Pakistan has to protect its Muslims and non-Muslims alike. It has a Constitution, which needs to be upheld by all institutions of the state. Most importantly three areas of reform are critical: First, beefing up and re-educating the law enforcement agencies and giving protection to witnesses, prosecutors and judges who handle sectarian cases. Second, urgent measures to regulate the check the growth of hate industry, which should be unacceptable in a plural country like Pakistan. For this purpose, publications need to be screened and the seminaries’ curricula have to be regulated. Lastly, a comprehensive policy review by the military and civilian authorities that far from being the assets, the Sunni extremist organisations are now sources of social instability and can accelerate state collapse. Surely this is not what the ruling elites want unless they are on a suicidal path.
The writer is Director Policy & Programs at Jinnah Institute in Islamabad. The views expressed are his own. His writings are archived at www.razarumi.com
A few headlines this year say it all
January 13: Shia man shot dead in Karachi
January 15: Blast in Khanpur Shia Procession killing 18
January 25: Three Shia lawyers killed in Karachi
January 25: Three Shias shot dead in Quetta
January 27: Former Imambargah trustee killed in Karachi
January 30: Fast food outlet manager killed in sectarian clash in Karachi
February 6: Sectarian Clash resulting in 14 injured in Mansehra
February 16: Sectarian attack leaves one dead in Karachi
February 17: 29 Shias killed in Kurram
February 17: Sectarian attack claims two more lives in Karachi
February 28: 18 Shias shot dead in Kohistan
March 2: Suicide attack at valley’s mosque in Khyber Agency kills 23
March 12: Passenger van attacked in Kurram killing two
March 15: Jafferia Alliance leader injured, son killed in Karachi attack
March 18: Shia leader and member of peace committee gunned down in Hangu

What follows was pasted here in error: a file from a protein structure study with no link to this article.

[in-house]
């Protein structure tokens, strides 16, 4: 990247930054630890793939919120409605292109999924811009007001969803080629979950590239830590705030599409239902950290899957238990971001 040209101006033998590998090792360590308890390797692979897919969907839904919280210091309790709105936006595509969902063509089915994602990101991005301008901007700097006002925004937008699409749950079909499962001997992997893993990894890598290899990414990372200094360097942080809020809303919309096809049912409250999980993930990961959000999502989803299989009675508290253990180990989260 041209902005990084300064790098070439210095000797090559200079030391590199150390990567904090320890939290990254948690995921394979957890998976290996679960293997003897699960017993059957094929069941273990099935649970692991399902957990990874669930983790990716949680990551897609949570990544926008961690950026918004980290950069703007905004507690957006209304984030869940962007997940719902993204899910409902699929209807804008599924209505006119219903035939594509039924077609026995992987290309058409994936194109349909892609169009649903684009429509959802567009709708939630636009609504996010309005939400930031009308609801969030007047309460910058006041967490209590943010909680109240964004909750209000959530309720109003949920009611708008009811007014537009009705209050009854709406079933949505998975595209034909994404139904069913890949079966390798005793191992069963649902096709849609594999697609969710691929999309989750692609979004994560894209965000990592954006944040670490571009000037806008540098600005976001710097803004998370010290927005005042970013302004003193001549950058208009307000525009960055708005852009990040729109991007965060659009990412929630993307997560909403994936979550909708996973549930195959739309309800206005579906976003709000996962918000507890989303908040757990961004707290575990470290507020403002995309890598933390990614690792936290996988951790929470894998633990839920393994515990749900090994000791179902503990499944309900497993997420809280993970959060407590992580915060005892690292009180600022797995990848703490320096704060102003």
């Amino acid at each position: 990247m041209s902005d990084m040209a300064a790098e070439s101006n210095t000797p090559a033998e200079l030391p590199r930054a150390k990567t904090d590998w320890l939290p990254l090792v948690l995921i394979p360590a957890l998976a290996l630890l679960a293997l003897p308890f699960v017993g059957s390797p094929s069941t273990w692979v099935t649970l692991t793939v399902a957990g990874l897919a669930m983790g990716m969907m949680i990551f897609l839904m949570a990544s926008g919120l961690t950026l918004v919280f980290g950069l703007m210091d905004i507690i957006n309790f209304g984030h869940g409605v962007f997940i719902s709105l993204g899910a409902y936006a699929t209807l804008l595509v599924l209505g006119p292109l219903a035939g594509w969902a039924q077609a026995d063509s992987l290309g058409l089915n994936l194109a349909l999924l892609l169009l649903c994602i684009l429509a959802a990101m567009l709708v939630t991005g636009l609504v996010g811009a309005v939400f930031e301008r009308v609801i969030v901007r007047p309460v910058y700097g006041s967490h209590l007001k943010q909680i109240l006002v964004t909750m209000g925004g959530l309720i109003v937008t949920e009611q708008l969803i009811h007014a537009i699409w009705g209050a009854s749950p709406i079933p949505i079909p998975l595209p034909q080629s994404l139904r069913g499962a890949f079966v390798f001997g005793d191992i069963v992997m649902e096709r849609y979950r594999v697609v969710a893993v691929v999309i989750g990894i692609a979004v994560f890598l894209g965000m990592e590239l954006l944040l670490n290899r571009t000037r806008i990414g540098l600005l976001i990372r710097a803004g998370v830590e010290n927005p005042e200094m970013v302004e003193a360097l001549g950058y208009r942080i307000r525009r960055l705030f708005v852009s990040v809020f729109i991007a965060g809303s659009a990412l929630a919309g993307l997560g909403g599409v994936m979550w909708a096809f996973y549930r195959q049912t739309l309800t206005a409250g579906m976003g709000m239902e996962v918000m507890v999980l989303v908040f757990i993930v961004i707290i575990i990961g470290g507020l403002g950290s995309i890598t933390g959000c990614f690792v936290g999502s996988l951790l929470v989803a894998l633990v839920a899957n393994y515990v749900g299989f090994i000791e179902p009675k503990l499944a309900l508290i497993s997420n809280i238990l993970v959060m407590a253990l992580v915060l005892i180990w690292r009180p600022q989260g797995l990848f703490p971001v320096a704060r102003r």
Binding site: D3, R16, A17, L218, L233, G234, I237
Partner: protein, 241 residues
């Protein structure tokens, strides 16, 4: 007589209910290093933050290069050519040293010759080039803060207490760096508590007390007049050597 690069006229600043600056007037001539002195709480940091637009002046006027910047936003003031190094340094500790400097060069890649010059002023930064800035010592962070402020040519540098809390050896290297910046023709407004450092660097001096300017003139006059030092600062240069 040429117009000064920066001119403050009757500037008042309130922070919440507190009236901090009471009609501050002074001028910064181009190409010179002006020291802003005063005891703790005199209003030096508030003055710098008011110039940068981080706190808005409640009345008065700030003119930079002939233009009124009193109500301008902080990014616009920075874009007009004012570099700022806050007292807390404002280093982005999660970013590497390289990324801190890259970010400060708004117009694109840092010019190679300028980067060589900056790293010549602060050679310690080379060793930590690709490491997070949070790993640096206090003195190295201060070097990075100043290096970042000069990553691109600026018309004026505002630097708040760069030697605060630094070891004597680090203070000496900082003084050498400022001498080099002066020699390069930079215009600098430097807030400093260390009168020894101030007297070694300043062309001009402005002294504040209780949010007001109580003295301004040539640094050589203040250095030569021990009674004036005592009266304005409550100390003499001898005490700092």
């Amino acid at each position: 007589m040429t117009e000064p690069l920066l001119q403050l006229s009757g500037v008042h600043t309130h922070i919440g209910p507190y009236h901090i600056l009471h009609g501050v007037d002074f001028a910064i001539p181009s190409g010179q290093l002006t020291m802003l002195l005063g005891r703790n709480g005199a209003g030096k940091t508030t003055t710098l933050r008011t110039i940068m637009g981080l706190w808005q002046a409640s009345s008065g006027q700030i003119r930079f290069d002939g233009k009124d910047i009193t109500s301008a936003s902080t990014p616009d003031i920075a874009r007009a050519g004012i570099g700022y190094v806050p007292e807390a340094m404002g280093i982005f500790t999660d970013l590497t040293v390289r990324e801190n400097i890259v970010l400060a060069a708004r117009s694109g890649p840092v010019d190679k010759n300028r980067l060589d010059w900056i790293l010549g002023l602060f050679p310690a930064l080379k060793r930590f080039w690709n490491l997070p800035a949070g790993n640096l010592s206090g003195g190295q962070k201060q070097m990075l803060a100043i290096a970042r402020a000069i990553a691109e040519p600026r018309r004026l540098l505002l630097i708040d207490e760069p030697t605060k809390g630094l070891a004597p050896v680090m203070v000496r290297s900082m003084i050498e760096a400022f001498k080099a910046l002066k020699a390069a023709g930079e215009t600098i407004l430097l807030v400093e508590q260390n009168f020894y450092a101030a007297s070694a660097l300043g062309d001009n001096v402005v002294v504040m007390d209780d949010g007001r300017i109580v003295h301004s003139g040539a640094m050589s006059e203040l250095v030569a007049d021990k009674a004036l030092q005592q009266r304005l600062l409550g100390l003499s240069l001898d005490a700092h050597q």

March 24: Shia lawyer gunned down in Karachi
March 29: Seven Shias killed in Balochistan
April 3: Sectarian unrest boils over in Gilgit-Baltistan, after 16 were killed
April 3: Two people shot dead in sectarian violence in Quetta
April 9: Six Hazaras killed in Quetta sectarian attack
April 12: Three more Hazaras shot dead in Quetta
April 14: Eight more Shias gunned down in Quetta
April 16: Hazara Shias attacked in Quetta
April 21: Two more Hazaras killed in Quetta
April 22: Hazara man shot at, injured in Quetta
May 6: Shia passenger coach attacked in Kurram
May 6: Hazara man killed in Balochistan
May 15: Hazara Brothers killed in sectarian attack in Quetta
May 17: Two Shia policemen killed in Quetta
May 24: Member of Hazara community killed in Balochistan
May 28: Three Shias killed in Kurram bus attack
May 30: Another Hazara killed in Quetta
May 30: Two Shias shot dead in Karachi Violence
June 3: Four Shias gunned down in Quetta
June 18: Five Shia students killed in Quetta bus blast
June 28: Suicide attack on Shias kills 14
June 28: 60 Hazaras fall victim to terrorism this year
July 4: Senior government official, two others killed near Quetta
July 11: Bodies of two kidnapped Shias found in Quetta
July 17: Unidentified men torch three vehicles in Shia Action committee rally in Karachi
August 16: 25 Shias pulled off buses, executed in Kohistan
August 17: Shia bus attacked in Karachi killing two, wounding 18
August 21: Shia killings continue in Gilgit- Baltistan, two killed